19. ........... and me! I'm VERY left-handed, which I'm pretty sure helps with seeing detailed drawings more-or-less in a version of 3-D. A neuro-scientist friend tells me that many Architects, Mathematicians and Chemists are left-handed, many of them also musicians. so there must be summat in it. DW
  20. I have one, identical - George Rogers and Sons. It's extremely useful and the pedalboard is, I think, 4'-10" radius for the concavity and radiation. It isn't 'Ellingford'. A friend (ex-Bechstein) has done the action for me, didn't need a huge amount of work. If I were being really picky, the keys could do with recovering, but the cost isn't justified. We rebuilt the pedalboard and action and it is now much better presented than it ever was I think! DW
  21. Jonathan............... Who? DW
  22. The size (and sectional shape) of the trunk is more often the cause of the problem, rather than position. DW
  23. I would rather listen to ANY piece by Guilmant than ANY piece by Messiaen on ANY day of the week! DW
  24. DON'T PANIC - it isn't quite what it seems! It's the Odeon West End, not the Odeon Leicester Square: Quote: The Odeon West End, from 1930 to 1988 known as Leicester Square Theatre, is a cinema on the south side of Leicester Square, So the Duchess is safe (I've just consulted Donald Mackenzie, who confirms). David Wyld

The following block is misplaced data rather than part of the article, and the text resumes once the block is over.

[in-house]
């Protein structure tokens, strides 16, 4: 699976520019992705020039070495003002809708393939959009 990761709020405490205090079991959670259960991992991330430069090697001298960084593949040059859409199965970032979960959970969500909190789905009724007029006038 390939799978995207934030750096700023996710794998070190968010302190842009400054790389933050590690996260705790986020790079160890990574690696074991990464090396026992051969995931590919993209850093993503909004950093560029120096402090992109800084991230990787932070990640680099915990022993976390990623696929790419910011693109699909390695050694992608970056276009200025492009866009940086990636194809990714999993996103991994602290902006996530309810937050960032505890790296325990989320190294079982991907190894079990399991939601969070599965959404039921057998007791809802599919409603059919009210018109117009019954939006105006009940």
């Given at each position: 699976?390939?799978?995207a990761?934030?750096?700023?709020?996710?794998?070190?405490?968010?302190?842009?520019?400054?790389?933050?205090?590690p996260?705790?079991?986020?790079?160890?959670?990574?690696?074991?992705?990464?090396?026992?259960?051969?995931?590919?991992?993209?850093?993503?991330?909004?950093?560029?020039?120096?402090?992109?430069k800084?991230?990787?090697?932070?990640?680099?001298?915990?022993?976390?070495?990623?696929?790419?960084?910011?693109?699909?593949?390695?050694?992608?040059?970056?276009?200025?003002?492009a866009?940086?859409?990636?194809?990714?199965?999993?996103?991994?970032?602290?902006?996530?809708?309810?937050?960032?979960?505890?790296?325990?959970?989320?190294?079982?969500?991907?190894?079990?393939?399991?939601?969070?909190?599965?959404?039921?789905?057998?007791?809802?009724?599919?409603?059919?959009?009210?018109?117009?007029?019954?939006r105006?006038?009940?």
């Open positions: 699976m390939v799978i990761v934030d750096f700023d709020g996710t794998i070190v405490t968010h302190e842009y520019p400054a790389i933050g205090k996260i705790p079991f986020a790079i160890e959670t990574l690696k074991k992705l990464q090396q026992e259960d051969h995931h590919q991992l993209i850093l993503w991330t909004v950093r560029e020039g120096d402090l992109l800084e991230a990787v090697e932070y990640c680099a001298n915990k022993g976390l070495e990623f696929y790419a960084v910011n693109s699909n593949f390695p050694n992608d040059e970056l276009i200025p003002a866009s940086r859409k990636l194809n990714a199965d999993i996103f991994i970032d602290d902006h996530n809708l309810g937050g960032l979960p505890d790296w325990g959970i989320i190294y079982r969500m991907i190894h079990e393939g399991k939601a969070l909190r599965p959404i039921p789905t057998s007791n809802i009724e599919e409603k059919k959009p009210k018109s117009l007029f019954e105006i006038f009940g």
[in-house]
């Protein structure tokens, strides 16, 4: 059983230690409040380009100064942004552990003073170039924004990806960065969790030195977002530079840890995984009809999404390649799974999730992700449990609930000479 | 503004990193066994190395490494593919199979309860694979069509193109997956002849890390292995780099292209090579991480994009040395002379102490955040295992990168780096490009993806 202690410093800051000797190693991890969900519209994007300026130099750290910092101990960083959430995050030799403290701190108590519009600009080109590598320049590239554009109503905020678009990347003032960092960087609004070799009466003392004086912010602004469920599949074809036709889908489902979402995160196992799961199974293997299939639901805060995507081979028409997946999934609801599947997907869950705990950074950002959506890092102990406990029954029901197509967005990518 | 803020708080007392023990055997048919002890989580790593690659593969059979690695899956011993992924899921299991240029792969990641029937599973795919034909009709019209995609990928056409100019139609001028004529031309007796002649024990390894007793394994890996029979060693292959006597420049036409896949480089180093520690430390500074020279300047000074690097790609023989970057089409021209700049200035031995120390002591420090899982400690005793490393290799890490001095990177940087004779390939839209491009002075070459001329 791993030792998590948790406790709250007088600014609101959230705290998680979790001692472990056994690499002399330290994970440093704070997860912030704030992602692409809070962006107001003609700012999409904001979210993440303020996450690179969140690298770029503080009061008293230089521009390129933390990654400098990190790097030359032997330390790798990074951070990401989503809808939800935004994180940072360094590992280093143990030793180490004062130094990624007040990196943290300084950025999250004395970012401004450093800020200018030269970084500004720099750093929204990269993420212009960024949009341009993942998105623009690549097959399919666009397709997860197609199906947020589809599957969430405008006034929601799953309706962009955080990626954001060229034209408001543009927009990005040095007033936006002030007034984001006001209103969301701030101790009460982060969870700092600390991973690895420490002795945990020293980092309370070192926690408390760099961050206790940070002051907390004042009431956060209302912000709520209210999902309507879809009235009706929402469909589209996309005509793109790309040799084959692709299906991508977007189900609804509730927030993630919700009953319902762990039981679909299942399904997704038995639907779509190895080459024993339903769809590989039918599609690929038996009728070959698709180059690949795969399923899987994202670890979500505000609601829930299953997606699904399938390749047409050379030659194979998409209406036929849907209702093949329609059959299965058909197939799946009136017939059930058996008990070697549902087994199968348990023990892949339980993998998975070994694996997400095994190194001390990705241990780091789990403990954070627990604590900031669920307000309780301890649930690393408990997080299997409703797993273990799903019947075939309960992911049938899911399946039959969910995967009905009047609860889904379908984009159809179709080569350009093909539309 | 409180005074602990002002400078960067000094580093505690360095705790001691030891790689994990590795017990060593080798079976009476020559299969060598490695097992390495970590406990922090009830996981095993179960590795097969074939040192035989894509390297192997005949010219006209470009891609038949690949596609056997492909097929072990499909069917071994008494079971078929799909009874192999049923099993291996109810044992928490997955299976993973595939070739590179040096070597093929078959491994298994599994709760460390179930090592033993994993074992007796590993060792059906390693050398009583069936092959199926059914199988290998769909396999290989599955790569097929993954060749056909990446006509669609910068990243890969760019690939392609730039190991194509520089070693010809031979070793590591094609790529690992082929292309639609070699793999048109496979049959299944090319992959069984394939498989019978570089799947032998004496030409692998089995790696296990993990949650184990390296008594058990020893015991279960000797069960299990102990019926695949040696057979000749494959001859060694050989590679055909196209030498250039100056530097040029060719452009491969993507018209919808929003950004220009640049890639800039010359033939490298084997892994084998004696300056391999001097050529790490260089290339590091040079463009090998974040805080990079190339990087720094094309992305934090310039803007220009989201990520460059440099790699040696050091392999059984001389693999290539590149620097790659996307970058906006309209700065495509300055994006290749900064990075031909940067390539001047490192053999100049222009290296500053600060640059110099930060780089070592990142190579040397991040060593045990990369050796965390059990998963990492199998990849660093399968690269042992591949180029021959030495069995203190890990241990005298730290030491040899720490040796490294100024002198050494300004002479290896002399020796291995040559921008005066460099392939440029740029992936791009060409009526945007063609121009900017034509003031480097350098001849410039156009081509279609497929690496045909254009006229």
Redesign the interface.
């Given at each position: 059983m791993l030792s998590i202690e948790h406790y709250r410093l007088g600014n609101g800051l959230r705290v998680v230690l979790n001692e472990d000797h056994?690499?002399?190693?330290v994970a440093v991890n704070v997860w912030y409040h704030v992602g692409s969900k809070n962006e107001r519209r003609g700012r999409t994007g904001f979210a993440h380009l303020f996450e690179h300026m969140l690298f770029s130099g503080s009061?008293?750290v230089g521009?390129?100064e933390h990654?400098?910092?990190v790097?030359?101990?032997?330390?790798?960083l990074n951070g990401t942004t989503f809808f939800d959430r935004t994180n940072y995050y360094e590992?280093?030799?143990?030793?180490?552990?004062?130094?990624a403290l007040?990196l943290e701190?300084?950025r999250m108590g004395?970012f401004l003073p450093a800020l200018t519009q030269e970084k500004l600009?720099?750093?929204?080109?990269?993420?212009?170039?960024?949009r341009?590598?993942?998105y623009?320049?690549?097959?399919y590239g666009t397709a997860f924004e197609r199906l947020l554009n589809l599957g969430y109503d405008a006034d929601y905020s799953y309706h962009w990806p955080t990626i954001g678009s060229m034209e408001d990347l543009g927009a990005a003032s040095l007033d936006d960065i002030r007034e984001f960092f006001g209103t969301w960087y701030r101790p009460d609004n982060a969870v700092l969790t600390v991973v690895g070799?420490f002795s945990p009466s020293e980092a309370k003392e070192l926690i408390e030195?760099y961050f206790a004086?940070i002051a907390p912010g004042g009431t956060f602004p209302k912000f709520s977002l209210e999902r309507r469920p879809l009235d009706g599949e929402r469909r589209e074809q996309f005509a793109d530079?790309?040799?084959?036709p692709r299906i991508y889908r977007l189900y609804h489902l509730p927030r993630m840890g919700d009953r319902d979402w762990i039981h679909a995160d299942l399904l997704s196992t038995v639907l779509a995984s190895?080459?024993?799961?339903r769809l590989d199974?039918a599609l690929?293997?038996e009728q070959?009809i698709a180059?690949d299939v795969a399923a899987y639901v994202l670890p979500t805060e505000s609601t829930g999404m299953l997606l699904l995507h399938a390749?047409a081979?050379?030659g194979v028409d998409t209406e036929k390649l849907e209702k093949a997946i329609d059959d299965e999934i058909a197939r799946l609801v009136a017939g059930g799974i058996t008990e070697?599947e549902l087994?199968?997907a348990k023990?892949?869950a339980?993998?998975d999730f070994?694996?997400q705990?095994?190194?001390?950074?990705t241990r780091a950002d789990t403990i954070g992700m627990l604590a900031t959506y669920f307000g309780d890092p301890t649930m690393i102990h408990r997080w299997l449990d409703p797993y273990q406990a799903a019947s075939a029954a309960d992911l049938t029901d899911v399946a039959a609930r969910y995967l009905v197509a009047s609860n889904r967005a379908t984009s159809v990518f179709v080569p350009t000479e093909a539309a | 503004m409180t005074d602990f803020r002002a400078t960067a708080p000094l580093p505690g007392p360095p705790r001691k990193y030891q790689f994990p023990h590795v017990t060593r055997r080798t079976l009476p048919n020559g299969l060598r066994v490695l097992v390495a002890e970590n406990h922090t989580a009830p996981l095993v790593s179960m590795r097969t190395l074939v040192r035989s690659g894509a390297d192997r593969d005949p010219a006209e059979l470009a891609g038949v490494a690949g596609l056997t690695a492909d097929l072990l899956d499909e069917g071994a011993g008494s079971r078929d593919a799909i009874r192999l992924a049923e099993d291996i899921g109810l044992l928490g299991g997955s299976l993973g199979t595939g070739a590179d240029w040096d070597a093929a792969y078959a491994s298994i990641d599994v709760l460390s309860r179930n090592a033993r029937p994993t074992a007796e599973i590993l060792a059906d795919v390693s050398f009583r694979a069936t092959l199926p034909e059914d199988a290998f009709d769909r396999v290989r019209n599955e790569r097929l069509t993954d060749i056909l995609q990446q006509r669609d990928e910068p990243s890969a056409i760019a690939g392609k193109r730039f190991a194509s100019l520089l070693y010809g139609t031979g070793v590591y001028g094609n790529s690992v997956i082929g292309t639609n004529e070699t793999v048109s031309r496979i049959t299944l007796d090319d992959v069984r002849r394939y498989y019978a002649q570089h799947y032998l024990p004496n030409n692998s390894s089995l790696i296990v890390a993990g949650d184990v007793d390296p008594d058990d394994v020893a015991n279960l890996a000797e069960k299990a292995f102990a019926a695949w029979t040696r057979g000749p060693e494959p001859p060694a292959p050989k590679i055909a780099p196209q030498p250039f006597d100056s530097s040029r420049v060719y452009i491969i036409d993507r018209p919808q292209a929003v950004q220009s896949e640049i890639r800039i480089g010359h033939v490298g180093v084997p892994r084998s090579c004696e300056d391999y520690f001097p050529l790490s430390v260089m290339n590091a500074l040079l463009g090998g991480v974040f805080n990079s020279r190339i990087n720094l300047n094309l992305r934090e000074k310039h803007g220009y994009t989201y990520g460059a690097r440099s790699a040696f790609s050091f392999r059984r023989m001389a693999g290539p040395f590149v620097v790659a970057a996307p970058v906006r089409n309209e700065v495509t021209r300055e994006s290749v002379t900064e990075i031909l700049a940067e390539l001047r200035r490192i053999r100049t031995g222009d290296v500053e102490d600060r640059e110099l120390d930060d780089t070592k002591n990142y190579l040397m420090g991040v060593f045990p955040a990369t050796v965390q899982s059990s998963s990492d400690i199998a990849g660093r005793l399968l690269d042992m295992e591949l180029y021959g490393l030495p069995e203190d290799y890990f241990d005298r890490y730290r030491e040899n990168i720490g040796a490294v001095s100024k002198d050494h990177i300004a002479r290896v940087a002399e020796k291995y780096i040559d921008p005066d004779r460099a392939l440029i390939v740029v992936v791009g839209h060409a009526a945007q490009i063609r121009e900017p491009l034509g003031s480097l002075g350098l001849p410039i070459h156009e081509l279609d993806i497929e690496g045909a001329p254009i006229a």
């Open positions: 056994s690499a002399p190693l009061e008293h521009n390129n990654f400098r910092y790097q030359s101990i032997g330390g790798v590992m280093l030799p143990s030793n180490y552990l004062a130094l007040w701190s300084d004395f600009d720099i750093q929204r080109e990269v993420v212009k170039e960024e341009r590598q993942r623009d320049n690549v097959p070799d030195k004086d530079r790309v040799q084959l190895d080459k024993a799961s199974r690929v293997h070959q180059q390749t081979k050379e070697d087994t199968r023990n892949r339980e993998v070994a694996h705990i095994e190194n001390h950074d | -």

25. The North American Deans' Conference, about 1980 I think - The Dean (Fiennes) asked PM to compose an anthem for the Festal Evensong that would either open or close the conference and, rather ill-advisedly came the question..... "What will you take as your text?". With eyes turned heavenwardfor a carefully calculated 'stage' moment, he swung round to look him directly and wryly in the eye.............. "Psalm 3: verse 1 - "Lord, how are they increased that trouble me!". Exit stage left, the Victor! DW By The way, just a point, but PM was never actually a pupil of ECB - he just missed him at Durham and the Professor by then was Arthur Hutchings.